“Nature is not a place to visit. It is home.”
― Gary Snyder
“Nature is not a place to visit. It is home.”
The Taylor Wessing Prize. It’s not often I submit images to competition, but the Taylor Wessing Photographic Portrait Prize via the National Portrait Gallery in London is a prestigious award I couldn’t resist. Did I get in? No. But I got through many, many gates. While this year’s entry (above) didn’t win the big prize, it was considered in the top 300 out of over 4300 entries. Taylor Wessing, I’ve got my eye on you… see you next year.
Model: Pierre Alain Clauzin, Filmmaker & Artist
I am not a visual storyteller.
Let me type that again: I am not a Visual Storyteller.
I am a photographer, a photojournalist, a fine-art photographer, a documentary filmmaker. All these things, but after this week’s tempest through the photo-world, I will never ever refer to myself as a Visual Storyteller.
And… my work just got better by virtue of the awful truth that world-famous Steve McCurry, the brilliant mind that shot one of the most iconic photographs ever to have been taken, Afghan Girl, was caught red-handed in a Photoshop disaster.
Read the whole kerfuffle here, it’s a doozy:
Having managed a studio for a photographer during the ‘shoot & ship’ days, I know full well the work-flow wherein the photographer is considered God and the staff spins around him (or in rare instances, her) processing, editing and retouching the film. This is the world Mr. McCurry is from. One in which he is on the road so much that he’s probably accostumed to never overseeing his images on a daily basis. HOWEVER…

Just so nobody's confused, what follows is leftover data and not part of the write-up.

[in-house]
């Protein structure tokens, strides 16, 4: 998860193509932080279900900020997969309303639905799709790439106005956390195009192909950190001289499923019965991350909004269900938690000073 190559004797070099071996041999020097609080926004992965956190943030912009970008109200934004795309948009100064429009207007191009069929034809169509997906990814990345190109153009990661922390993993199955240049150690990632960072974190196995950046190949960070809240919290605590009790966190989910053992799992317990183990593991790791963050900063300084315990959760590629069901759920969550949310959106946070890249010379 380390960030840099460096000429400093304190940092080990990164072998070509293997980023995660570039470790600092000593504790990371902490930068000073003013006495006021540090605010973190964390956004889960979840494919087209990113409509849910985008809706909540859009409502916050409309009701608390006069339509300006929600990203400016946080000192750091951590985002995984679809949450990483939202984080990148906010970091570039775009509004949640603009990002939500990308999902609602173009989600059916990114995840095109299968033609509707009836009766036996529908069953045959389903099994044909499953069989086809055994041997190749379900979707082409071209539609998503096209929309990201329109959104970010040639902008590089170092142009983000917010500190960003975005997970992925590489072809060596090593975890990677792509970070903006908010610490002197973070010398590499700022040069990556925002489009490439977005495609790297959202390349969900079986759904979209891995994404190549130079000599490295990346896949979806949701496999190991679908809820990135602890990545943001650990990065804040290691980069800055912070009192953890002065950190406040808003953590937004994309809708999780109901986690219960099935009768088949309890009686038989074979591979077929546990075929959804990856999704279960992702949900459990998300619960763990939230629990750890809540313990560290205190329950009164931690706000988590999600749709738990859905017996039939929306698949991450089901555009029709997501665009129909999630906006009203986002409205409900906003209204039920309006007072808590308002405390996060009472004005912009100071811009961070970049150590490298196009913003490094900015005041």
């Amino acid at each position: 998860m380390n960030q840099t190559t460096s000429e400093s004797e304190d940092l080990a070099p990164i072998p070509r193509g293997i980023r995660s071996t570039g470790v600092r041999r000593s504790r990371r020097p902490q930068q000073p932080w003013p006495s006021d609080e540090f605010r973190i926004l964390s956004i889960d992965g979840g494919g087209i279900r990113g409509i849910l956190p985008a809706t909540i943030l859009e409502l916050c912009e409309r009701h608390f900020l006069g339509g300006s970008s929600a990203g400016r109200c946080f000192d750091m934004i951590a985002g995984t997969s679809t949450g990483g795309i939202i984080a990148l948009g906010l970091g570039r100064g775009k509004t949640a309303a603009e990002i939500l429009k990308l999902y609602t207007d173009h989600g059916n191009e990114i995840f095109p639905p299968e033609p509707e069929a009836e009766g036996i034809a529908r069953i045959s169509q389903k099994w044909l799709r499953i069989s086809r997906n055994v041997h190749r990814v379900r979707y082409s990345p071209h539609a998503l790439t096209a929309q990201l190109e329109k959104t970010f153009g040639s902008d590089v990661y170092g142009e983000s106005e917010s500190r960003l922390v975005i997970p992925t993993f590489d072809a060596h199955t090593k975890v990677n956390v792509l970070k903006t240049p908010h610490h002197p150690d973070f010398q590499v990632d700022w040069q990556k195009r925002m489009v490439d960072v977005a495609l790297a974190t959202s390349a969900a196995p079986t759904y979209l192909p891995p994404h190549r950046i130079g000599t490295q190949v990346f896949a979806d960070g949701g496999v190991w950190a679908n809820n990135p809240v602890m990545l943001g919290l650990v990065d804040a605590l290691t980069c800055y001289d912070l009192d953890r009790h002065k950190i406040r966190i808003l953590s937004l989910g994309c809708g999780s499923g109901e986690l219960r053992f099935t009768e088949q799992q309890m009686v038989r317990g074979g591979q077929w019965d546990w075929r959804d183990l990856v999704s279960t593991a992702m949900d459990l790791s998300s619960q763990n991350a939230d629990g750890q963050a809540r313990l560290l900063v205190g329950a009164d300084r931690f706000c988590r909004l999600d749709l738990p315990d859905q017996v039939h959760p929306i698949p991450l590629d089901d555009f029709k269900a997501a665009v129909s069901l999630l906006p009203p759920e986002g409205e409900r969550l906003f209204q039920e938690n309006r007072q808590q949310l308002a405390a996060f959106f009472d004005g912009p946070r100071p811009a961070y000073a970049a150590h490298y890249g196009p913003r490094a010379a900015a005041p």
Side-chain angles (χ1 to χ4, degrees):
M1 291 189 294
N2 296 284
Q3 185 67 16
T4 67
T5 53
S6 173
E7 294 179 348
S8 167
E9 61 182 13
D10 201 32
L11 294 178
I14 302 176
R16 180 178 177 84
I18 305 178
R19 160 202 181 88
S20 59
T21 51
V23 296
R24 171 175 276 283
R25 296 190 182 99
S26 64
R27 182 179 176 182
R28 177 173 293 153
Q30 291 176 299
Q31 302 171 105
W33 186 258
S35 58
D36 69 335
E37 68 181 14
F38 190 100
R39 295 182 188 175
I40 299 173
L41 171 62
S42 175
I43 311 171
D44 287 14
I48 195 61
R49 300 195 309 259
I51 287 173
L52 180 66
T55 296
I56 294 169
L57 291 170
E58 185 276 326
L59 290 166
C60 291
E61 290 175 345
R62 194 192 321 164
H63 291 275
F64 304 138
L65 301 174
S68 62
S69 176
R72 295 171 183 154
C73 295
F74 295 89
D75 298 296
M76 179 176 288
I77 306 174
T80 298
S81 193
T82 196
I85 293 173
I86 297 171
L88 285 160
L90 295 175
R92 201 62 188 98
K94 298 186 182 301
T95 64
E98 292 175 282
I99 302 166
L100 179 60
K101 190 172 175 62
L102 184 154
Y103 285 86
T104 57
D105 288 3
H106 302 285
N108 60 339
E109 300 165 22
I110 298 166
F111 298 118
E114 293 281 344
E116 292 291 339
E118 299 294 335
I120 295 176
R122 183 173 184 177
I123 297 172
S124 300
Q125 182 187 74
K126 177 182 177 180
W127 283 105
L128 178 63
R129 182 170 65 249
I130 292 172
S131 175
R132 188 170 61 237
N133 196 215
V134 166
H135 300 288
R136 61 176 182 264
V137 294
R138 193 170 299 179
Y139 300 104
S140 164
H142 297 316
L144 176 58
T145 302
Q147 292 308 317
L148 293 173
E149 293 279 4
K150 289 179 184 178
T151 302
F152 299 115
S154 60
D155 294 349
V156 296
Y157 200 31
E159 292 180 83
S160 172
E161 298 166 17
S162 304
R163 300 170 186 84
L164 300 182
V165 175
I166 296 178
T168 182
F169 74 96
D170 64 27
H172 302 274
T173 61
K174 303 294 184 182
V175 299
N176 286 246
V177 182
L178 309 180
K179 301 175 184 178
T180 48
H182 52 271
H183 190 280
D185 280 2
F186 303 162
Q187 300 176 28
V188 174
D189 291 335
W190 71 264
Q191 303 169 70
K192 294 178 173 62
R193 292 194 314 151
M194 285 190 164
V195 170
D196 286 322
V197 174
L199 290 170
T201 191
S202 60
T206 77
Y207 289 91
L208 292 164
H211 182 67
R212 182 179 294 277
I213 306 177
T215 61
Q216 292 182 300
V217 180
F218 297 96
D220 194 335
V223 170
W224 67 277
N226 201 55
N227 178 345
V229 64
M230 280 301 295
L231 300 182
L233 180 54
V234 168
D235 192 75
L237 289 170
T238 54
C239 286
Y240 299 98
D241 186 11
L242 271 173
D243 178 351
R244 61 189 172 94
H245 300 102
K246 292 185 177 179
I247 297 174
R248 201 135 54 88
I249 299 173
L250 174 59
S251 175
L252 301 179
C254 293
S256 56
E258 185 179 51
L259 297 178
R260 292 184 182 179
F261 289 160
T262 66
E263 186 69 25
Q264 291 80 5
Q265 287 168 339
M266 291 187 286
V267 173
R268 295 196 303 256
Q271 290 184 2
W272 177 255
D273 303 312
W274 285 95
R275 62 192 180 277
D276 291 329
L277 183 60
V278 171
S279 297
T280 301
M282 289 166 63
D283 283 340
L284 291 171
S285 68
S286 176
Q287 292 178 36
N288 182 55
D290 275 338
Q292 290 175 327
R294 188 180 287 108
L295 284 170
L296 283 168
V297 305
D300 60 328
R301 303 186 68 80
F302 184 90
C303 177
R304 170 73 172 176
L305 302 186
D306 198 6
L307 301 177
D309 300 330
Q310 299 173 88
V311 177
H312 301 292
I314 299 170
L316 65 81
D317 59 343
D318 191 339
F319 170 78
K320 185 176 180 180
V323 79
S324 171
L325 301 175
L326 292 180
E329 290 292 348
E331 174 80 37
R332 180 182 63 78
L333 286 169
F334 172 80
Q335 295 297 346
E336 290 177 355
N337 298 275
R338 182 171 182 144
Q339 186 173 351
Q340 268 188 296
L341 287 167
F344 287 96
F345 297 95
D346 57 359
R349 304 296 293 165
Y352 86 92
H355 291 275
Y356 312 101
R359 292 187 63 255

“Today I would define my work as visual storytelling…” . This scandal calls into question his entire body of work and that of his contemporaries. As photography students measure themselves against greatness, as they stress themselves out to no end that they’ll never rise to the level of their so-called ‘Gods’, they can now relax.
Truth is, even McCurry isn’t on the level of greatness of his printed images. I have massive respect for his career, but if this is the path taken (& when did it start?), I ask that he re-categorize his work from that of documentary or travel photography.
So I will say it again, I am not a visual storyteller. I edit my own photos, yes I do crop on occasion but not often, and use the tools available to work on the exposure and color in a photograph. I have not, nor will ever add, subtract or move elements in a photograph. At that point it is visual storytelling, and I’m not interested in it.
Let us all try to be purists, elevate the art and nature of the photograph, do our best to tell things as they really are and perhaps we can articulate some Ecstatic Truth in this world.
Edit: If in 40 years I change my mind about my statement I’ll make that public before showing any work or will not declare it to be truthful photography at all.
Halloween, 2015. In a dark warehouse party somewhere in Germany I checked my phone for the nearest cab (Uber is banned in Germany). Imagine my surprise to find this alert on my phone:
Your Saturday evening trip with Uber from Uber Receipts <email@example.com> for $1,215.43.
I did a double take at the message thinking I had not read it correctly. I did. Amusingly, I grew up in New Jersey and know that Wildwood isn’t the height of glamour for someone in the market for a $1200 Uber ride. WHAT THE HELL?
Immediately I sent off an enraged Tweet to @Uber, fearful my bank account was about to be drained within hours. Where would the next ride go? Baltimore? Miami? Another Jersey Shore crack-den?
To Uber’s credit, they responded to my Tweet in minutes and refunded the money. However they have not told me how they plan to investigate this issue. I was able to get into the app and give a poor rating to the driver while requesting a description of the rider (s) who had taken control of my account. No response. No response from the driver, no response as to how this matter will be investigated.
Uber has told me to ‘change my password’. Well, that isn’t a sufficient for me. I want to know who these people are, how it happened and what will be done in the future.
I am waiting on their response. What do you think? Should Uber not only have called the driver but have alerted the police to the driver’s location or drop-off address? What action should be taken and how did this happen in the first place?